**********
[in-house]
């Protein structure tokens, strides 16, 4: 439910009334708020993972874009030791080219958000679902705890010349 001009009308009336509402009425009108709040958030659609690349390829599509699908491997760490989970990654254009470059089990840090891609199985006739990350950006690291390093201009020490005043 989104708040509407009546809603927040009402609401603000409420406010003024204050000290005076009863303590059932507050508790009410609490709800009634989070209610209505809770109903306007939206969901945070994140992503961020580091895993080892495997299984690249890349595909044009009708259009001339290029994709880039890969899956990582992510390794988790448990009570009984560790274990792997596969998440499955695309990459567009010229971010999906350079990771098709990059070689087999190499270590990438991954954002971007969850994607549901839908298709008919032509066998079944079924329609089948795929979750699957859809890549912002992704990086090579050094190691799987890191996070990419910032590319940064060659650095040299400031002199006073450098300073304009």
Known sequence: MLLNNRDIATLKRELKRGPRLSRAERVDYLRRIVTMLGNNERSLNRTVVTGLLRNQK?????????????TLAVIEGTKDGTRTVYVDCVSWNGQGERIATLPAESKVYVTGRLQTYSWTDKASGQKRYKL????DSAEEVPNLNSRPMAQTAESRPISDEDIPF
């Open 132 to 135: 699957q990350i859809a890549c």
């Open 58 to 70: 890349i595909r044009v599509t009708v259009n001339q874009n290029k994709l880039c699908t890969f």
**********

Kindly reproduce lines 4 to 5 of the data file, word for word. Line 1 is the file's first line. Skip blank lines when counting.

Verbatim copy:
């Open 132 to 135: 699957q990350i859809a890549c």
């Open 58 to 70: 890349i595909r044009v599509t009708v259009n001339q874009n290029k994709l880039c699908t890969f």